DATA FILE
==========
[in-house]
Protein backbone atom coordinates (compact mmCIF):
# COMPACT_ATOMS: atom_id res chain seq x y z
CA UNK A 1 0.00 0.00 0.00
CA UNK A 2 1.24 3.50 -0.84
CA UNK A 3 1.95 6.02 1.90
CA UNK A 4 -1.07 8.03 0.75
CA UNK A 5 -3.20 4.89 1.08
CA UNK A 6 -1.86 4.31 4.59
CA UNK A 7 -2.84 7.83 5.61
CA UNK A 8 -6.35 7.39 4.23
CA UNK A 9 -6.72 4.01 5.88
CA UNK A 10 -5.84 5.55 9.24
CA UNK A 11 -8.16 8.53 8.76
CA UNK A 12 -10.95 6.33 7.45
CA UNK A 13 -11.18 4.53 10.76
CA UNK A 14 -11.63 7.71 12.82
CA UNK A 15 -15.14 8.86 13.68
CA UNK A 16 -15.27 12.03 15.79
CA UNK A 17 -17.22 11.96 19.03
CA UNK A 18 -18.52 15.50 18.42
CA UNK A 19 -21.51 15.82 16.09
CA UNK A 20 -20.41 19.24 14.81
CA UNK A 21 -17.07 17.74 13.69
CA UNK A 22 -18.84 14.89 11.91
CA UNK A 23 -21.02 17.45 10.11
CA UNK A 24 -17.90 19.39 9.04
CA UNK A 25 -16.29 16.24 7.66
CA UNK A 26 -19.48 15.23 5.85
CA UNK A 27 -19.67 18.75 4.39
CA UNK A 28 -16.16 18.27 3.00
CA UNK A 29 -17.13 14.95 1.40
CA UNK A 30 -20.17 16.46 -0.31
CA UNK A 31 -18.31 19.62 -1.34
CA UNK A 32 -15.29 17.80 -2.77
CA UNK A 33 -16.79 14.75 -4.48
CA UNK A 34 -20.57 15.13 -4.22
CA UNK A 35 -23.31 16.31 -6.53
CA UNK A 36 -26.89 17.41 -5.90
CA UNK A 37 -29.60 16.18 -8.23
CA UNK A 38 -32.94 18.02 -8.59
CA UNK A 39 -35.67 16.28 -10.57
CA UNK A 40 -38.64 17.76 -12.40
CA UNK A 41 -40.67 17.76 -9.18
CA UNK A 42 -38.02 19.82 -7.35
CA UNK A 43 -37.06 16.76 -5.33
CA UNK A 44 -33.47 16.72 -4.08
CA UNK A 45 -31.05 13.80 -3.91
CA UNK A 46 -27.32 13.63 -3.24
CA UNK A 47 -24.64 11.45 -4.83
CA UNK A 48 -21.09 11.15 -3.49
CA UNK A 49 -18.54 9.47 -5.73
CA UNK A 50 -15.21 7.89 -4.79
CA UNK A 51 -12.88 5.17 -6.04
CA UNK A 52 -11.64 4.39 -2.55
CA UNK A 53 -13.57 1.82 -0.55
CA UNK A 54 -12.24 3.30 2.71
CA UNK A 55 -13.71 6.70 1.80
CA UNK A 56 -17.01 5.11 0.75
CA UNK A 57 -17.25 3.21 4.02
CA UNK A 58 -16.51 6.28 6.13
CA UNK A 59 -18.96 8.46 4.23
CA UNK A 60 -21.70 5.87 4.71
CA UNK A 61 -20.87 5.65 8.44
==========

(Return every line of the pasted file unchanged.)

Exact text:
[in-house]
Protein backbone atom coordinates (compact mmCIF):
# COMPACT_ATOMS: atom_id res chain seq x y z
CA UNK A 1 0.00 0.00 0.00
CA UNK A 2 1.24 3.50 -0.84
CA UNK A 3 1.95 6.02 1.90
CA UNK A 4 -1.07 8.03 0.75
CA UNK A 5 -3.20 4.89 1.08
CA UNK A 6 -1.86 4.31 4.59
CA UNK A 7 -2.84 7.83 5.61
CA UNK A 8 -6.35 7.39 4.23
CA UNK A 9 -6.72 4.01 5.88
CA UNK A 10 -5.84 5.55 9.24
CA UNK A 11 -8.16 8.53 8.76
CA UNK A 12 -10.95 6.33 7.45
CA UNK A 13 -11.18 4.53 10.76
CA UNK A 14 -11.63 7.71 12.82
CA UNK A 15 -15.14 8.86 13.68
CA UNK A 16 -15.27 12.03 15.79
CA UNK A 17 -17.22 11.96 19.03
CA UNK A 18 -18.52 15.50 18.42
CA UNK A 19 -21.51 15.82 16.09
CA UNK A 20 -20.41 19.24 14.81
CA UNK A 21 -17.07 17.74 13.69
CA UNK A 22 -18.84 14.89 11.91
CA UNK A 23 -21.02 17.45 10.11
CA UNK A 24 -17.90 19.39 9.04
CA UNK A 25 -16.29 16.24 7.66
CA UNK A 26 -19.48 15.23 5.85
CA UNK A 27 -19.67 18.75 4.39
CA UNK A 28 -16.16 18.27 3.00
CA UNK A 29 -17.13 14.95 1.40
CA UNK A 30 -20.17 16.46 -0.31
CA UNK A 31 -18.31 19.62 -1.34
CA UNK A 32 -15.29 17.80 -2.77
CA UNK A 33 -16.79 14.75 -4.48
CA UNK A 34 -20.57 15.13 -4.22
CA UNK A 35 -23.31 16.31 -6.53
CA UNK A 36 -26.89 17.41 -5.90
CA UNK A 37 -29.60 16.18 -8.23
CA UNK A 38 -32.94 18.02 -8.59
CA UNK A 39 -35.67 16.28 -10.57
CA UNK A 40 -38.64 17.76 -12.40
CA UNK A 41 -40.67 17.76 -9.18
CA UNK A 42 -38.02 19.82 -7.35
CA UNK A 43 -37.06 16.76 -5.33
CA UNK A 44 -33.47 16.72 -4.08
CA UNK A 45 -31.05 13.80 -3.91
CA UNK A 46 -27.32 13.63 -3.24
CA UNK A 47 -24.64 11.45 -4.83
CA UNK A 48 -21.09 11.15 -3.49
CA UNK A 49 -18.54 9.47 -5.73
CA UNK A 50 -15.21 7.89 -4.79
CA UNK A 51 -12.88 5.17 -6.04
CA UNK A 52 -11.64 4.39 -2.55
CA UNK A 53 -13.57 1.82 -0.55
CA UNK A 54 -12.24 3.30 2.71
CA UNK A 55 -13.71 6.70 1.80
CA UNK A 56 -17.01 5.11 0.75
CA UNK A 57 -17.25 3.21 4.02
CA UNK A 58 -16.51 6.28 6.13
CA UNK A 59 -18.96 8.46 4.23
CA UNK A 60 -21.70 5.87 4.71
CA UNK A 61 -20.87 5.65 8.44